New York Politicians Charged In Bid To Rig NYC Mayoral Race
Two New York politicians, one from eact party, have been arrested in what officials are calling a plot to rig the NYC Mayoral Race:
State Senator Malcolm A. Smith, who rose to become the first black president of the State Senate, and City Councilman Daniel J. Halloran III were arrested early Tuesday on charges of trying to illicitly get Mr. Smith on the ballot for this year’s mayoral race in New York City, according to federal prosecutors.
Mr. Smith, a Queens Democrat, and Mr. Halloran, a Queens Republican, were among a half-dozen people arrested by Federal Bureau of Investigation agents in the corruption case. The others were Joseph J. Savino, the Bronx G.O.P. chairman, Vincent Tabone, vice chairman of the Queens Republican Party, Noramie F. Jasmin, the mayor of the Rockland County village of Spring Valley, and her deputy, Joseph A. Desmaret, according to a criminal complaint.
Mr. Smith, 56, was taken from his home in handcuffs by F.B.I. agents before sunrise and Mr. Halloran, a lawyer, was arrested about the same time, law enforcement authorities said.
Mr. Smith, a contractor and real estate developer, has said he was considering running for mayor as a Republican, and the charges contend that he made payments to Mr. Halloran in exchange for the councilman’s assistance in setting up meetings with Republican leaders as part of an effort to get on the ballot, the complaint said.
The criminal complaint was filed by federal prosecutors in Manhattan and was unsealed Tuesday morning. Mr. Smith, Mr. Halloran and the others were to appear later Tuesday before a United States magistrate judge in United States District Court in White Plains.
Mr. Smith, according to the complaint, agreed with a cooperating witness and an undercover F.B.I. agent, who was masquerading as a wealthy real estate developer, to pay off leaders of Republican county committees in New York’s five boroughs. The bribes were to be paid to obtain specific certificates authorizing him to run for mayor as a Republican even though he was a registered Democrat.
The undercover agent and the cooperating witness served as intermediaries between the senator and Mr. Halloran, the complaint said.
”Today’s charges demonstrate, once again, that a show-me-the-money culture seems to pervade every level of New York government,” Preet Bharara, the United States Attorney in Manhattan whose office is prosecuting the case, said in a statement. “The complaint describes an unappetizing smorgasbord of graft and greed involving six officials who together built a corridor of corruption stretching from Queens and the Bronx to Rockland County and all the way up to Albany itself. As alleged, Senator Malcolm Smith tried to bribe his way to a shot at Gracie Mansion – Smith drew up the game plan and Councilman Halloran essentially quarterbacked that drive by finding party chairmen who were wide open to receiving bribes.”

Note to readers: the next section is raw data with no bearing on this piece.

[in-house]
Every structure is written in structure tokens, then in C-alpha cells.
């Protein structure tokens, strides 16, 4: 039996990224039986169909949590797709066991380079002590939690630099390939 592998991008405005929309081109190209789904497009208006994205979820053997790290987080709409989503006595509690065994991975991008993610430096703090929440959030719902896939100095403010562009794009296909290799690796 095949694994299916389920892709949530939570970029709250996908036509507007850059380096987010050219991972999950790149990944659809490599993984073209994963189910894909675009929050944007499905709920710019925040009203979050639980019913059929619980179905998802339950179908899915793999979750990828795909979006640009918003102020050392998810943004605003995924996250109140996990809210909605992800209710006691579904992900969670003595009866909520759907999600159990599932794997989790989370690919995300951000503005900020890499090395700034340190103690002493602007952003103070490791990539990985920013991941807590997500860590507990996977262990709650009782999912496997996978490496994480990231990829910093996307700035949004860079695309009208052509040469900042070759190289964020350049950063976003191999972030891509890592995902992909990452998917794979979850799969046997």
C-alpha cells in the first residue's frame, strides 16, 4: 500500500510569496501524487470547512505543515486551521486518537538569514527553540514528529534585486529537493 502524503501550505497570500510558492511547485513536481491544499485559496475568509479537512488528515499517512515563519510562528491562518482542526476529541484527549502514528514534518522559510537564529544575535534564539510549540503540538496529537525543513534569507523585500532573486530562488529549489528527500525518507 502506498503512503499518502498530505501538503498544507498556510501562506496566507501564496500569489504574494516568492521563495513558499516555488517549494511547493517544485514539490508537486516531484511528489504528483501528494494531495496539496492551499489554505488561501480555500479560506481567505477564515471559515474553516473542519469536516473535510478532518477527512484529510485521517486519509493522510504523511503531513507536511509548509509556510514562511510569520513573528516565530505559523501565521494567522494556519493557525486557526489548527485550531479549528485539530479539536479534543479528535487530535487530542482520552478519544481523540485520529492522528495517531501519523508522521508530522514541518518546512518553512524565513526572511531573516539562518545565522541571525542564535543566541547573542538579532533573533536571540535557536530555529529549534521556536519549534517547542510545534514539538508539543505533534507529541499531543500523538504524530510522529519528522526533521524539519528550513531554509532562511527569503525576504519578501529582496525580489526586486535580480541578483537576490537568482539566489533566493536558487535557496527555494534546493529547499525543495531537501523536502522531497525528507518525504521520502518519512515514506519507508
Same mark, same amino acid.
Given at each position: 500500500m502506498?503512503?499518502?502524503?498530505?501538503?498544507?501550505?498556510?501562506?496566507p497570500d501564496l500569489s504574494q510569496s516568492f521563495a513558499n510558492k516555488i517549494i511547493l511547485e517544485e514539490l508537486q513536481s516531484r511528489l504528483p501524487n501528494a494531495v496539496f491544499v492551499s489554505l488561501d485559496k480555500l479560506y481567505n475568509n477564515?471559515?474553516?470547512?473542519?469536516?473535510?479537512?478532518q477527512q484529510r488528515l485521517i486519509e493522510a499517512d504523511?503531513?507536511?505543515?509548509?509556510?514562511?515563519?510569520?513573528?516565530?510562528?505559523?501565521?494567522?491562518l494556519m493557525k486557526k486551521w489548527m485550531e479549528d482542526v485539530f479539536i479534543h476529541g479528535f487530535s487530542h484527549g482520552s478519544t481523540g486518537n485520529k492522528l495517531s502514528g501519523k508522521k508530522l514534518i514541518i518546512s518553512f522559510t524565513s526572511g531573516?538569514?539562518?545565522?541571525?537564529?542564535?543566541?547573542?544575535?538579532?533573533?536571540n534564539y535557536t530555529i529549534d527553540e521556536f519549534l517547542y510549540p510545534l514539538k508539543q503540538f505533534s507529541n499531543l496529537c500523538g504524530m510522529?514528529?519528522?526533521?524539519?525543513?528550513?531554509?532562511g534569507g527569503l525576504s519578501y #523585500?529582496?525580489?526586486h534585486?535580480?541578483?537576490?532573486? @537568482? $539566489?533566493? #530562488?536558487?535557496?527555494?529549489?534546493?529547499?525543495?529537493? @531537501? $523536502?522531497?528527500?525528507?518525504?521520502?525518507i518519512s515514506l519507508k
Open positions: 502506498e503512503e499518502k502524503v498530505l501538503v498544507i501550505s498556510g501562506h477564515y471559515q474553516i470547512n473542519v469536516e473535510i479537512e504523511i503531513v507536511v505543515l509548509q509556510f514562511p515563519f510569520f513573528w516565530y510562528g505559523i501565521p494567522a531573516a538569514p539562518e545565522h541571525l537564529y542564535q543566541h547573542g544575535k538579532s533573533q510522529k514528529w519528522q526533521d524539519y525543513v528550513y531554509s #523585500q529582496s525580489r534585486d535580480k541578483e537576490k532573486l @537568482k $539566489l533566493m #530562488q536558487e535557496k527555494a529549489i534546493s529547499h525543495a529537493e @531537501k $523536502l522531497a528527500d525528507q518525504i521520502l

Mr. Smith’s lawyer, Gerald L. Shargel, said his client denied wrongdoing. “Malcolm Smith is a dedicated and highly respected public servant and he steadfastly denies these charges,” Mr. Shargel said, adding that he would have more to say after he had an opportunity to study the charges.
Lawyers for Mr. Savino and Mr. Tabone, Kevin B. Faga and Vito A. Palimieri, could not immediately be reached for comment and the lawyers who were representing the other defendants could not immediately be determined.
The complaint details a brazen scheme involving the mayoral race hatched in a series of clandestine meetings in hotels, parked cars, a restaurant on Valentine’s Day and even in Mr. Smith’s office in Albany. The meetings, recorded by the undercover agent or the cooperating witness, were primarily among Mr. Smith, the undercover agent and the witness, and Mr. Halloran and the two government operatives. The scheme involving the race was one of three bribery schemes charged in the case.
Most of those involved, according to the complaint, were looking for something – cash bribes were sought by the party officials and Mr. Halloran, a former police officer, and Mr. Smith was seeking authorization to get his name on the ballot. Ms. Jasmin wanted an ownership interest in a company she believed was involved in a real estate deal, the complaint says, and Mr. Smith promised to steer $500,000 in state transportation funds to that project.
And at least one of the defendants was also looking for something – a way to avoid going to jail. George Venizelos, an assistant F.B.I. director, said in a statement that Mr. Tabone, clearly aware that the bribery scheme was illegal, patted down the undercover FBI agent at one point to see if he was wearing a recording device. “He was,” Mr. Venizelos said, “but Tabone was less skilled at conducting a pat-down than he was at conducting a shake-down.”
At the same time, Mr. Tabone, according to the complaint, was so confident that he boasted to the undercover agent when he was asked if he could deliver the certification:
“Nobody else runs the party,” he said, according to the complaint, “I run the party.”
This has to qualify as one of the more convoluted and bizarre episodes of political corruption I’ve seen in quite some time.